It is important for the communications plan to include information about how key messages are shared, internally and externally. Instant messaging, social media, phone calls, email addresses, press releases, audio and visual messages…All of these are options for sharing information, but the method chosen needs to be fit for purpose. 


While social media may be the quickest way of getting a message out, it often bypasses protocols and policies, and can cause unnecessary confusion amongst parents, families and educators when misinformation is shared.  


The method chosen should take into account the needs of the parents and carers using the service. An email may be an appropriate choice in a community where the bulk of families work in desk jobs, but may be a poor choice in a community where many families have low levels of literacy. 


Using more than one method – for example an email, a Facebook post, and a sign with heavy visuals within the service – may be the best way to get a message out quickly and consistently. 


During the crisis 


Caring for children will always be the top priority during times of crisis and challenge, but protecting the financial and reputational arms of the ECEC business is important too – after all, if incorrect messages are being shared, there may not be a place available to care for the children once the crisis has passed. 


Knowing what is being said, by whom and where, is an essential part of managing a crisis. In both traditional and social media, employees, families and other stakeholders may be giving their opinion and perspectives on unfolding events, and being across this can help to catch negative trends before they get out of hand. 


As well as seeking feedback from educators and families directly, it is important to monitor the digital presence of a service during a time of crisis. One freely available way of doing this is with Google Alerts, which can be set up to email a message whenever a series of terms appears on the web.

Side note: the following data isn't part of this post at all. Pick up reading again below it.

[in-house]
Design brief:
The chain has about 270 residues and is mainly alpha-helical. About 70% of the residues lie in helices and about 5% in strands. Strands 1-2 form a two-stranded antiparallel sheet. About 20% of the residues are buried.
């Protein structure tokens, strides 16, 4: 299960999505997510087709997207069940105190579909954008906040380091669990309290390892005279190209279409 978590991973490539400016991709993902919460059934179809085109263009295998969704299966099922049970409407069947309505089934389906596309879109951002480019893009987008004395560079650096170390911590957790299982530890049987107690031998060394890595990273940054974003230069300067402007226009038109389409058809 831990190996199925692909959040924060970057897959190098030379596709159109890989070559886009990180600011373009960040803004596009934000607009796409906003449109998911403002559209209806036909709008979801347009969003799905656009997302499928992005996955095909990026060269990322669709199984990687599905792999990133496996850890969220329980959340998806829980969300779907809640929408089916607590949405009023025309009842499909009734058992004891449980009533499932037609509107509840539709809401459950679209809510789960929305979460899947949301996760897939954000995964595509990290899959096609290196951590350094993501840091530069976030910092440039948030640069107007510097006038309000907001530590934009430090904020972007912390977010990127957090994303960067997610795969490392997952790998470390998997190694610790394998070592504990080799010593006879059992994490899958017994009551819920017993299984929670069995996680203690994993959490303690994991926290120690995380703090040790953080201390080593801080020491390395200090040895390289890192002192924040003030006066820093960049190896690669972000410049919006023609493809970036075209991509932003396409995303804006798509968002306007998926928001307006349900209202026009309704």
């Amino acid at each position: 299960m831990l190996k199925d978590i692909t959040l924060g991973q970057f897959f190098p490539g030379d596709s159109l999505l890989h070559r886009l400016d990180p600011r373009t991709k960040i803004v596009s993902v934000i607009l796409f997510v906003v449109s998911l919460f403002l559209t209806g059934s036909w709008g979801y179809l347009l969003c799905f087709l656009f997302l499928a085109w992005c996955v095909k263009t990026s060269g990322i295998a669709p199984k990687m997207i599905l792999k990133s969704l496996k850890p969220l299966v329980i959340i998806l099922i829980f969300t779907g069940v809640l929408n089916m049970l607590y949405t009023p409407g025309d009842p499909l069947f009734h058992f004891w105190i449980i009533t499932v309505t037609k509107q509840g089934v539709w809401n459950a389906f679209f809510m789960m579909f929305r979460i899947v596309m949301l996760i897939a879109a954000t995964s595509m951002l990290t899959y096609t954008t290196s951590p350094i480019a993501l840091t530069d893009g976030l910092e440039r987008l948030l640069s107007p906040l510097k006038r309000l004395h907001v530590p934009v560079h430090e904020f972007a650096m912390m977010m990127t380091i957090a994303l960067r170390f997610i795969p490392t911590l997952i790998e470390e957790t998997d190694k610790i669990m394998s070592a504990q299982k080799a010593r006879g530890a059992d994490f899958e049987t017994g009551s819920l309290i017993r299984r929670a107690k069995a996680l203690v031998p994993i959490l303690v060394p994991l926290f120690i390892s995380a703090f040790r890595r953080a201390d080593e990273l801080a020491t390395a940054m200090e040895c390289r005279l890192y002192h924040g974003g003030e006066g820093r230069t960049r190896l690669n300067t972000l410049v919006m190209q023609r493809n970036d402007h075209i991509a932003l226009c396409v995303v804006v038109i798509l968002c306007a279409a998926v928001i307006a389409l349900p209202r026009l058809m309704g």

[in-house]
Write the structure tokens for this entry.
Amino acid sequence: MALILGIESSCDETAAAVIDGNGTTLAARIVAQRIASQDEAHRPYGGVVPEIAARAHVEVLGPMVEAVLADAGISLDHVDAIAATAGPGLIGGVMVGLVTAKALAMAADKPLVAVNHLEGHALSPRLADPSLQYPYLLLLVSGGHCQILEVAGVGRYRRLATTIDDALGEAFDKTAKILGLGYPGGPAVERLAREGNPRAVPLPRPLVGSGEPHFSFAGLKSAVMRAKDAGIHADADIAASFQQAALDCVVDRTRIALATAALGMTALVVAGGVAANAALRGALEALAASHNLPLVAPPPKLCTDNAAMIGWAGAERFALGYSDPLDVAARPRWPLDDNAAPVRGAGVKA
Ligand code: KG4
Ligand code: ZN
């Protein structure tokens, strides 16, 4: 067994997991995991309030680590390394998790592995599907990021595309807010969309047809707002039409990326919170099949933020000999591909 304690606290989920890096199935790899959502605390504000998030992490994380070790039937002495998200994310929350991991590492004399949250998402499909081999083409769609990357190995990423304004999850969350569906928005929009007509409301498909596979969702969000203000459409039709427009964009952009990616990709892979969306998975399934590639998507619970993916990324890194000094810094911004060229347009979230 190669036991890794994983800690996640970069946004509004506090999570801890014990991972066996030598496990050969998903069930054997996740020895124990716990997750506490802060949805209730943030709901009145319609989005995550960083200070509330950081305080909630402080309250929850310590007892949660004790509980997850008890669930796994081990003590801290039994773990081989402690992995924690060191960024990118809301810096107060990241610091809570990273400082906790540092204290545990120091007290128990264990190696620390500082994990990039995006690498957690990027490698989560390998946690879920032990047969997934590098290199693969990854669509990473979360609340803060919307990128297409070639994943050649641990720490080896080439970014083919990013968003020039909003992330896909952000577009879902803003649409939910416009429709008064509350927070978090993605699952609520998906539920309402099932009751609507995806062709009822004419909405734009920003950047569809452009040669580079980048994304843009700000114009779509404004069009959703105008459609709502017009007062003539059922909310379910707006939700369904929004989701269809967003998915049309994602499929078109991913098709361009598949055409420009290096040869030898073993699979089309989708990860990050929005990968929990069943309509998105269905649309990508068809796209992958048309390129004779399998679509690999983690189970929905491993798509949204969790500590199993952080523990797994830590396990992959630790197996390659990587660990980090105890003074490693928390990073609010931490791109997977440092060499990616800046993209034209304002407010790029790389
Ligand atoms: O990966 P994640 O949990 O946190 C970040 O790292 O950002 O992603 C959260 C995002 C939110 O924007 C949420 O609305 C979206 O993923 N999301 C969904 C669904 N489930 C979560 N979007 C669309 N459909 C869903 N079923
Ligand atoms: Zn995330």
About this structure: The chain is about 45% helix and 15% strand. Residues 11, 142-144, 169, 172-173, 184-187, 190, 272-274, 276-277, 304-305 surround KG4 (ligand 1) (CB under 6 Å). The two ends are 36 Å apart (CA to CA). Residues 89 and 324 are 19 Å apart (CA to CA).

During a crisis, it is also important to have what is known as a holding statement. Holding statements are messages that are designed for use immediately after a crisis breaks, and can be developed in advance to be used for a wide variety of scenarios to which the organisation is perceived to be vulnerable, based on the assessment conducted before the crisis, freeing up time to manage the crisis itself. 


For example, in the event that a service had to close due to the presence of COVID-19 among the staff team, an immediate holding statement may be: 


We have closed XYZ Early Learning today due to a confirmed case of COVID-19 in our educator team. We have implemented our crisis response plan, which places the highest priority on the health and safety of the children in our care. We will be supplying additional information when available on our website. Thank you for your care and concern.”


After the crisis

Once a crisis has passed, the crisis communications team should meet and review the situation. 

  • What worked? 
  • What didn’t? 
  • What were the consequences? 
  • Does any messaging need to be changed or altered? 
  • What did parents, educators and children want to know? 
  • What did we learn from this?


These communications and discussions can be recorded and used in the quality improvement plan for the service, providing an opportunity for reflection and growth.